Autumn is in the air! Well, maybe not the cool, crisp feel of the first frost that looms nearer and nearer, because it’s still pretty hot in the sunny South. But the calendar has let us know that the days are now shorter than the nights, as we passed the autumnal equinox.
That means that many of us are still canning, freezing, or dehydrating the last of the harvest. I DO love the look of a pantry full of colorful jars of tomato sauce, peaches, jams, and everything good the garden and our good Lord had to offer this summer.
I learned my canning skills from the good people answering the phones at the Iowa State Extension Service. I even affectionately nicknamed the phone number as “Mom,” having lost my own canning-expert mother when I was nine.
One thing that they kept telling me, time and again, was to make sure to use the very best produce. Any nicks or bug bites on tomatoes, peppers, or cucumbers might be a haven for enough bacteria to spoil the whole jar.
Even the methods of preservation must be perfect. Once I threw away a whole five-gallon crock of the most delicious brine-cured pickled cucumbers and green tomatoes, because there was a tiny crack in the stoneware crock that was only noticed after the pickles were done.
Of course, as I became more proficient in my own preserving skills, I realized that the experts always err on the side of extreme caution, so as not to be blamed for making anyone sick.
“The Lord shall preserve you from all evil;
He shall preserve your soul” (Psalm 121:7, NKJV).
This word, “preserve,” from the Hebrew “shamar,” has also been translated as protect, guard, or keep. Those words are consistent with the Hebrew meaning, used twice in verse 7 and then repeated and expanded upon in the next verse.
As with our garden produce, only the most valued is preserved. While we may want the Lord to preserve many things, he preserves the best and most prized.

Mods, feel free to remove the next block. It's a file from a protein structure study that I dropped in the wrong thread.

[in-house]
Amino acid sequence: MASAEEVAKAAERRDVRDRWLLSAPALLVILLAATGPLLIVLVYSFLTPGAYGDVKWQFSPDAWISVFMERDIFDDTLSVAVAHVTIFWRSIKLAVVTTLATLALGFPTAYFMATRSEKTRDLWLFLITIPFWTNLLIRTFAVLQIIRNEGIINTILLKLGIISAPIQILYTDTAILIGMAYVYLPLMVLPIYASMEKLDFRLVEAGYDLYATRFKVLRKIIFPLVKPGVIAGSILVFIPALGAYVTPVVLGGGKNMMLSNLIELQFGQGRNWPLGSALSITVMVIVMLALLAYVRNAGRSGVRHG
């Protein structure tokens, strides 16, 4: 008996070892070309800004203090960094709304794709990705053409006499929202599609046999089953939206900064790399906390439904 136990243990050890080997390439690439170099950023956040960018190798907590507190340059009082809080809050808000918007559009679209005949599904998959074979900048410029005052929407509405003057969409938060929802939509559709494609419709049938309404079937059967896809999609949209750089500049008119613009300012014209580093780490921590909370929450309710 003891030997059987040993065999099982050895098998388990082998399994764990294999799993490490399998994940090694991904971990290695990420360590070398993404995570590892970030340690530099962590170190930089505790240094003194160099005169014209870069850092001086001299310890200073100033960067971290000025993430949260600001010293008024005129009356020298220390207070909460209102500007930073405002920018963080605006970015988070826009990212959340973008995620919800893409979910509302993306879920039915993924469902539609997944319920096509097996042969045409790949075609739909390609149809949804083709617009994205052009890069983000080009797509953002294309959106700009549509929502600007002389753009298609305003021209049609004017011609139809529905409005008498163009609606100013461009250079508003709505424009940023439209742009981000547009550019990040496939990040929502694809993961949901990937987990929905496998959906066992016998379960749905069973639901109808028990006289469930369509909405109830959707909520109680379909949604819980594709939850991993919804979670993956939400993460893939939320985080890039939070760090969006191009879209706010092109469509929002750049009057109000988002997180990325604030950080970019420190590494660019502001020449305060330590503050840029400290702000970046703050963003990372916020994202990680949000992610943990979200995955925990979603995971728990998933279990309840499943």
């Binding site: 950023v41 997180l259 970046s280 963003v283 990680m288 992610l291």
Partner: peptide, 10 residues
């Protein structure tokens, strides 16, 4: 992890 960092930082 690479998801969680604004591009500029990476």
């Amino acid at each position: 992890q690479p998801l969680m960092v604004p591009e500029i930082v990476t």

I may have cut off the bad spots to preserve my cucumbers for pickling (against “Mom’s” recommendations), but if I were entering them in a contest at a county fair, I would only preserve the best!
God has the power to preserve our health, our wealth, and our easier, happier times. We pray for each other for these things, and there’s nothing wrong with that. Often, the answer to those prayers is a “Yes!”
But do we understand this psalm to mean that he will always give us what we ask for? The principle is true stated in Luke 11:1-13. God gives us what we ask, within certain parameters.
The important thing to see here is that God, as a good Father, will give us what is needed and will preserve the best — our souls!
No matter what happens in this short life, our souls will be preserved up to — and more importantly — THROUGH the portal of death.
Sometimes we are asked to bear the seemingly unbearable, all the while asking in vain that our grief be lifted. Is God preserving us through this? Yes, he is preserving our souls, if not our temporary happiness. If we trust him, he won’t let our souls slip into Satan’s hands.
“He will not allow your foot to be moved;
He who keeps you will not slumber” (Psalm 121:3).
The word “keeps” here is our word “shamar” (preserve) again. God is vigilant not to let our souls perish.